I received another report of a hijacked journal. Similar to many earlier cases, this established Austrian enology journal had only a minor web presence until some impostors came along and created a new website for the journal, stealing its identity and inviting article submissions. And now I think I may have found the single source of all the hijacked journals I’ve reported here, and it was right under my nose all along.
First, the latest hijacking. The legitimate website for the journal Mitteilungen Klosterneuburg is here. Unlike other hijacked journals, this one is open-access, at least for recent issues; the journal was founded in 1951.
Now the hijacked version of Mitteilungen Klosterneuburg can be found here. Also, the table below details hijacked journals (and their legitimate counterparts) that I documented previously:
|Archives des Sciences||Archives des Sciences|
|Bradleya [Link dead]||Bradleya|
|Nationalpark-Forschung in der Schweiz||Nationalpark-Forschung in der Schweiz|
Recently, in response to an inquiry, I looked at the homepage of a publisher that has been on my list for some time, Tomas Publishing. Based in Victoria, Seychelles, Tomas Publishing boasts four journals in its portfolio. The journals all have broad scopes and all falsely claim to have impact factors.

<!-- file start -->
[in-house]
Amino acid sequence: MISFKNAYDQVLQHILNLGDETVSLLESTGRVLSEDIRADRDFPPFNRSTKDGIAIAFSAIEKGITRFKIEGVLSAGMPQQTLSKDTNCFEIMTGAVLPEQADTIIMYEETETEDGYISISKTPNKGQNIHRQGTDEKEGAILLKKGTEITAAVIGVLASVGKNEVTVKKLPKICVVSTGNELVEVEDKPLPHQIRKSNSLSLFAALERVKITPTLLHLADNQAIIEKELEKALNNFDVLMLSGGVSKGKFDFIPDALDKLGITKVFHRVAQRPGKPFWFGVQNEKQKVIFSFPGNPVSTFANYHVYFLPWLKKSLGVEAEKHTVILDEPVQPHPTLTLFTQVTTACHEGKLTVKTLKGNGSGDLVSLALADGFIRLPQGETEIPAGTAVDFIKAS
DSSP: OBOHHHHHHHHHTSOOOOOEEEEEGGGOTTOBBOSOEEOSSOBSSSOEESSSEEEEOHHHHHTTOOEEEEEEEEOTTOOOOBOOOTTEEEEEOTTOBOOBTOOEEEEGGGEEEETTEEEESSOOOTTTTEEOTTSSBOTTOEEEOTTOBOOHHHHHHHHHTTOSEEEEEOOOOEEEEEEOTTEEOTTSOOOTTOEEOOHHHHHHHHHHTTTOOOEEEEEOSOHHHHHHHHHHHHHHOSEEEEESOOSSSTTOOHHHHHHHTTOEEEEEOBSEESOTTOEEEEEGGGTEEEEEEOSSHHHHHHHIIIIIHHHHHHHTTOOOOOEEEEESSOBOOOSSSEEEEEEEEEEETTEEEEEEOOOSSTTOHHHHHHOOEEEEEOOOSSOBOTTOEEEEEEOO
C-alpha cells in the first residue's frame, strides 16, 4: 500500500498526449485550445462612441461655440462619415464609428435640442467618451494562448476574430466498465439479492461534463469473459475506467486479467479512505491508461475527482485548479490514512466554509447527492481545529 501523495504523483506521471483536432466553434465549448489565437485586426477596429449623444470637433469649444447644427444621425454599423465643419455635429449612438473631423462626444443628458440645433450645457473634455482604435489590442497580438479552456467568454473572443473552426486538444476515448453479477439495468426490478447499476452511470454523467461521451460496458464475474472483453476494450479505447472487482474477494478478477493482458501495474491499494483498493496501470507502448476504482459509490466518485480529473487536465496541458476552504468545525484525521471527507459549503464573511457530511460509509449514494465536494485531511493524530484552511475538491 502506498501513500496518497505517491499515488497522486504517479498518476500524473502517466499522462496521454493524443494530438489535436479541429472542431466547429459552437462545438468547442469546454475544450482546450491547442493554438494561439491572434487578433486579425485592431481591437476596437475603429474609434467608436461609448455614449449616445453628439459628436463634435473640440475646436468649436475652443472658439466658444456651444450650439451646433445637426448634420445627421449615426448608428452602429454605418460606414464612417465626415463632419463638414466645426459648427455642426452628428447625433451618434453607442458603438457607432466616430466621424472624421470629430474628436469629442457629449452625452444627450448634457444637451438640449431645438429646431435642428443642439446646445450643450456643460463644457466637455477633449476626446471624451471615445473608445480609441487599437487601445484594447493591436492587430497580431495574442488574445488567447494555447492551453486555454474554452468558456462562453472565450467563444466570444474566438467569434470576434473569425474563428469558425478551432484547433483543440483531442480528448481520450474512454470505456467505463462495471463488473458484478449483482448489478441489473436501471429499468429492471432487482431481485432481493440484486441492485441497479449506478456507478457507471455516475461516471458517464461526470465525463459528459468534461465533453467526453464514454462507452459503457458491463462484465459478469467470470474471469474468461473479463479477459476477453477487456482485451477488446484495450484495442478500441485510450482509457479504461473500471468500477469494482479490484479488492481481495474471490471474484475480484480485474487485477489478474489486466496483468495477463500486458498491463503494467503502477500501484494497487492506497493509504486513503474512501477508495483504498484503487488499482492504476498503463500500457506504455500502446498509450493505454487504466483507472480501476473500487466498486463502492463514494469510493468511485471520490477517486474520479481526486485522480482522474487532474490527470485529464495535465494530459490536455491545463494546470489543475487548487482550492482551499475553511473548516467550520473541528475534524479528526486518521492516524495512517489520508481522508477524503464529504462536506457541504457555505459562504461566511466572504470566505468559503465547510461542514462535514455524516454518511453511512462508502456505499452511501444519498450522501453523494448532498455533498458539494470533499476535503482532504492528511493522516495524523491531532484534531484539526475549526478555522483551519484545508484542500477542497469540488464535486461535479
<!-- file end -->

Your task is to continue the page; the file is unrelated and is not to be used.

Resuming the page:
All four journals falsely claim to have an impact factor, yet none really does. The journals’ home pages use pirated images. What convinces me that this publisher must be the source of the hijacked journals is that the “look and feel” of their journal home pages matches the look and feel of the hijacked journals’ home pages. Also, they all claim to have 2013 impact factors. The current ISI impact factors are from 2012; the 2013 data won’t be released until June.
How could so much malevolence originate from a small, remote, and seemingly idyllic Indian Ocean island? I’ve received at least a dozen emails from people that have been tricked by the hijacked version of the journal Pensée alone, each having lost several hundred dollars. It’s likely that hundreds of honest researchers have been scammed by this outfit.
Hat tip: Dr. Amin Daneshmand Malayeri